Very enjoyable, very entertaining and an interesting reading. The opening chapter by Max Mathews is a lovely opener puts he reader at ease immeadiately. My first book on physco-acoustics and to be honest I am glad. I have read other books on the subject since then but this is still my favourite. Well worth the money.
3 of 4 people found the following review helpful
Self-Study in Psychoacoustics 10 Oct. 2004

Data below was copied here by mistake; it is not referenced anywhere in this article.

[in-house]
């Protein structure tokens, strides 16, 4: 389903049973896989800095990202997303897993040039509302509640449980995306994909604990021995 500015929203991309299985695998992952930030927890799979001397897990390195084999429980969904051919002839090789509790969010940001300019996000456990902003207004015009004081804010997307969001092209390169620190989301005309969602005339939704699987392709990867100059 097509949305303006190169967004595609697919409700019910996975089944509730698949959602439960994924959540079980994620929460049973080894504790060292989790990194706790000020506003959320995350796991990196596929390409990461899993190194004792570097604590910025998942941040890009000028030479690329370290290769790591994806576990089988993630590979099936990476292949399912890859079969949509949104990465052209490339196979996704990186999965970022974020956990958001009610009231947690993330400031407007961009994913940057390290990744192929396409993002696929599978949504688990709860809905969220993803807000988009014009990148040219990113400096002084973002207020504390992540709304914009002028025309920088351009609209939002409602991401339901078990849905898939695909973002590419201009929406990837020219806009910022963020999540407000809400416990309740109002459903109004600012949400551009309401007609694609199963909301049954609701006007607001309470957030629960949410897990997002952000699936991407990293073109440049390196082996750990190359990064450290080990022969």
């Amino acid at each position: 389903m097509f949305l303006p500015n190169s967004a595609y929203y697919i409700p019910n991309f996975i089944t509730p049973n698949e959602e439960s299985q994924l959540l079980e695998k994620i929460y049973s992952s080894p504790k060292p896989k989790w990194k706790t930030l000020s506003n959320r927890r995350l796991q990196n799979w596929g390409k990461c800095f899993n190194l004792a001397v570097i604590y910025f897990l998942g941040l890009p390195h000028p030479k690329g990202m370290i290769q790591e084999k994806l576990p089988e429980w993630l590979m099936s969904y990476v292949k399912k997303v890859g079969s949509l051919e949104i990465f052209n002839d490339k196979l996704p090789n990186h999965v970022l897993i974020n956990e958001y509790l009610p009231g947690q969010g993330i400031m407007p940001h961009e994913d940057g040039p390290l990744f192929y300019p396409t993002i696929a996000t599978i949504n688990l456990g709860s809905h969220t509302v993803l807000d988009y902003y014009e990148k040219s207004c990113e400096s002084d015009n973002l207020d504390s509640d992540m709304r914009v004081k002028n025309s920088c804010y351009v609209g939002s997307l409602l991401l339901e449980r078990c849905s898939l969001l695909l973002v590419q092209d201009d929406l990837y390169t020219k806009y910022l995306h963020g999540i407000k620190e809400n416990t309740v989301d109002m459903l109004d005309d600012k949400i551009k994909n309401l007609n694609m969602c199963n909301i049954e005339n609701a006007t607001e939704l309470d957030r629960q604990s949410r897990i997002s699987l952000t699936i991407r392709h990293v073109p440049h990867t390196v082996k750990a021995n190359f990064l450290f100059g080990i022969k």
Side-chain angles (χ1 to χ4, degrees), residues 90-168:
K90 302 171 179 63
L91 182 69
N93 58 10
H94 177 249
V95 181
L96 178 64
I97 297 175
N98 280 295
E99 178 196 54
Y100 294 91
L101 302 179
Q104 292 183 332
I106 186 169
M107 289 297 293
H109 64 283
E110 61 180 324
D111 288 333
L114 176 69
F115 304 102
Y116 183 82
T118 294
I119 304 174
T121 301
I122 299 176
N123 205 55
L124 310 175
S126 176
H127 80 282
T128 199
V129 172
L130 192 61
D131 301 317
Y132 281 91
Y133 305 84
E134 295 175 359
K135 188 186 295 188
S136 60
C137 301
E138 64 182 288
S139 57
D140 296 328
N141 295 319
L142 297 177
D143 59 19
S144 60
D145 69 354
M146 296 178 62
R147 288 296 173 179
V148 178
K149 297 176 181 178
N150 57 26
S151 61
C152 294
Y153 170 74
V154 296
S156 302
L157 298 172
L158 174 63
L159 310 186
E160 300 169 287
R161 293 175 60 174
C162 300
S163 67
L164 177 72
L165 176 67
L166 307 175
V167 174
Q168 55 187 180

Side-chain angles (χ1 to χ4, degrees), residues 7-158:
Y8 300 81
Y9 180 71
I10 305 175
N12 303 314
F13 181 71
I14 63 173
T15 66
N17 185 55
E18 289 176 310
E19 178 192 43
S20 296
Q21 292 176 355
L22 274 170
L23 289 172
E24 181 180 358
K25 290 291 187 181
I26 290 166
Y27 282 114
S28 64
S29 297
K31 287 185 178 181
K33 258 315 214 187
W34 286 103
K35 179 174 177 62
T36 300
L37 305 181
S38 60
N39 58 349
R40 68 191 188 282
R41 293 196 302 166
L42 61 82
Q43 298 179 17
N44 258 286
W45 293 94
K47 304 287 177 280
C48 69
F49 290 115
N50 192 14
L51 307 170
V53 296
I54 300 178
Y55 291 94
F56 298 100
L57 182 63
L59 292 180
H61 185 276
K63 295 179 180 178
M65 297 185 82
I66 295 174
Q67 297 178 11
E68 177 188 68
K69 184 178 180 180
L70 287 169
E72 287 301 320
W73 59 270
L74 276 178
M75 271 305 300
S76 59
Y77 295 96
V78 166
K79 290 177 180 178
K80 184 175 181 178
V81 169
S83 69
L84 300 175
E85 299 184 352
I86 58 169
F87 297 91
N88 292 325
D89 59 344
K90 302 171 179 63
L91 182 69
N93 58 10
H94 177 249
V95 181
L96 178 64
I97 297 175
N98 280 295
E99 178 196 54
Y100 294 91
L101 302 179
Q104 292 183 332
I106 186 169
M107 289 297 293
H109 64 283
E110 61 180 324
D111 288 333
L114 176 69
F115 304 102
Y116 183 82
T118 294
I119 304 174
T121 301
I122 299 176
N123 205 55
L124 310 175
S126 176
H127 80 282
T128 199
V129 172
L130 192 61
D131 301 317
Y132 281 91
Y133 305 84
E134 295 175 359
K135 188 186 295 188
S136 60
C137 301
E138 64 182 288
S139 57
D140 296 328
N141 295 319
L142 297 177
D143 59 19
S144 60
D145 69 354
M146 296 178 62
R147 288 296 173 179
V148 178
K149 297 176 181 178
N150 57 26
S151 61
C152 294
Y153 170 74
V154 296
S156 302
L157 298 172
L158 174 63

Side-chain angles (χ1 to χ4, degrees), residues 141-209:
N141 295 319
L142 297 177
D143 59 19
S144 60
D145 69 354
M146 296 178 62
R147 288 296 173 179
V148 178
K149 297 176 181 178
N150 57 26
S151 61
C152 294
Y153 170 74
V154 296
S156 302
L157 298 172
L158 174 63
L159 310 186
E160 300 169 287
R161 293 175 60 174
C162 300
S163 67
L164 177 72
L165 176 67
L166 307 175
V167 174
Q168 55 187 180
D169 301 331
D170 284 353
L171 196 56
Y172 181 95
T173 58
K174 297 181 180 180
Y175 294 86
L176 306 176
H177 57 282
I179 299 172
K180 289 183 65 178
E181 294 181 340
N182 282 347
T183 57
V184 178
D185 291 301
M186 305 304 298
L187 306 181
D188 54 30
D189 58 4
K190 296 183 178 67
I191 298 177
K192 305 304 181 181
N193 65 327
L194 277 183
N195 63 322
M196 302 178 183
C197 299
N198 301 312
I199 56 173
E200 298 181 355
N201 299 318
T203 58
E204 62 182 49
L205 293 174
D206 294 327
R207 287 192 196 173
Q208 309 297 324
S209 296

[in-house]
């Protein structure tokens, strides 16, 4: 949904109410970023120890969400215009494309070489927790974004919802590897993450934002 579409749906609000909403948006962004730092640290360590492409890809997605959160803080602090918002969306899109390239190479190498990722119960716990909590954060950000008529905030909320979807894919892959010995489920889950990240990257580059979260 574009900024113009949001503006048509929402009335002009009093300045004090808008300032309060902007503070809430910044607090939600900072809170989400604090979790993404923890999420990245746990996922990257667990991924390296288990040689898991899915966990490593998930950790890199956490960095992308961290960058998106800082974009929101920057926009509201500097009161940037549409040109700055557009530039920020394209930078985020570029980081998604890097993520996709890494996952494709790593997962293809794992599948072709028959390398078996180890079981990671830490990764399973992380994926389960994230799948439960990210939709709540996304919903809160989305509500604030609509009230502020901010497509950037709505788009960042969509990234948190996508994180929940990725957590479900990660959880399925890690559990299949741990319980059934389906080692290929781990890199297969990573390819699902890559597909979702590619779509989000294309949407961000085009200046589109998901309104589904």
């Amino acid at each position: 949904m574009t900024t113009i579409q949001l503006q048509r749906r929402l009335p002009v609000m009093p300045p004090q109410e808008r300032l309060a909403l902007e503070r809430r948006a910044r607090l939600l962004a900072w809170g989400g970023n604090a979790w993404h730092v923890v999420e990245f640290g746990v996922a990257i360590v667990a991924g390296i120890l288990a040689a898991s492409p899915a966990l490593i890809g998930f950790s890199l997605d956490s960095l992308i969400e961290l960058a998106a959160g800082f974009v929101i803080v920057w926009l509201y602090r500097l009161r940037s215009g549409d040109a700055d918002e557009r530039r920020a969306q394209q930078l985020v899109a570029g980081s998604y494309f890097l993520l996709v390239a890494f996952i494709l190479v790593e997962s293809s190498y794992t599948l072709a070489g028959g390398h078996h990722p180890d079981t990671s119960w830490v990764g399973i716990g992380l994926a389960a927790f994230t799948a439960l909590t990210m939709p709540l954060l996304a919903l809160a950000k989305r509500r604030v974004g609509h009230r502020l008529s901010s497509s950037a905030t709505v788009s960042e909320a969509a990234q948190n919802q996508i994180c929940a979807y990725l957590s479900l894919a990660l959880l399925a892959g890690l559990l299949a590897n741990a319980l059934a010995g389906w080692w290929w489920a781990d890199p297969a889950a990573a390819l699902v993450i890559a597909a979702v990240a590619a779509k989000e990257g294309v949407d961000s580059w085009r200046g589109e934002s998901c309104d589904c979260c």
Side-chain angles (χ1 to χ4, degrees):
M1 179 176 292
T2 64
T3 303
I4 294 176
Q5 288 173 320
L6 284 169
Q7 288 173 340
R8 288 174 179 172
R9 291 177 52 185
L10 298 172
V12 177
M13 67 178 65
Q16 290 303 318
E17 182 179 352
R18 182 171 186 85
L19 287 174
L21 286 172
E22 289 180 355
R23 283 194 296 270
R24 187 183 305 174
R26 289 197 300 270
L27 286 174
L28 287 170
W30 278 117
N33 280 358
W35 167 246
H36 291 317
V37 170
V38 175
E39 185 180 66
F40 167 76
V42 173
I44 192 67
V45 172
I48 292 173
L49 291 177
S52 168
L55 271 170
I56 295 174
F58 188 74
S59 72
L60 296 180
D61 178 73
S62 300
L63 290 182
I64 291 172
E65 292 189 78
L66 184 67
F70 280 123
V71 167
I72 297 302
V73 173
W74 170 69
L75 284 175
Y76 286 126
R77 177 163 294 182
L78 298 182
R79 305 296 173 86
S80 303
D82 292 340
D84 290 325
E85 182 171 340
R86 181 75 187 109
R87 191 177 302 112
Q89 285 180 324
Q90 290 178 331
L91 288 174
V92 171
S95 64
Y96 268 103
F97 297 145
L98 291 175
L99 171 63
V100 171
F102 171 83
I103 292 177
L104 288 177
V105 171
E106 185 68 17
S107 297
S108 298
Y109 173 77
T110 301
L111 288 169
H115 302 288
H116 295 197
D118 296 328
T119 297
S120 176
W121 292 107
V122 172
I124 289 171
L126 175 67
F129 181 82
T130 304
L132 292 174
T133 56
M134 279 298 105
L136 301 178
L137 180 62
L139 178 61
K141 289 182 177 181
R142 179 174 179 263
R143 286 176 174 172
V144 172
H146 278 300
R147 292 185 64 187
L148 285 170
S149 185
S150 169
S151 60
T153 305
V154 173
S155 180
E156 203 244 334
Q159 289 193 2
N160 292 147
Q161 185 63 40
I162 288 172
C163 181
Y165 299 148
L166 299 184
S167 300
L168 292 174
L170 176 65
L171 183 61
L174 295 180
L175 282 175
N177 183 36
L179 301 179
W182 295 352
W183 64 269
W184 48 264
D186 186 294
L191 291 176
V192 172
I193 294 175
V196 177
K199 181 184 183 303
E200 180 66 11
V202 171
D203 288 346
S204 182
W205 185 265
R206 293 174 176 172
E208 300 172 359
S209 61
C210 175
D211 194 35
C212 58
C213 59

By Huck Hodge - Published on
Format: Paperback
This book is great for self-study in psychoacoustics or for reviewing the basics of related fields. One of the best parts is the list of recommended experiments in the back of the book. These really help to keep the information in the respective sections from the realm of abstract pendanticism. This is the book that is assigned to the Psychoacoustics course at CCRMA (Stanford) and is laid out in an easy-to-follow, instructive way. One of the best entry-level texts on the subject.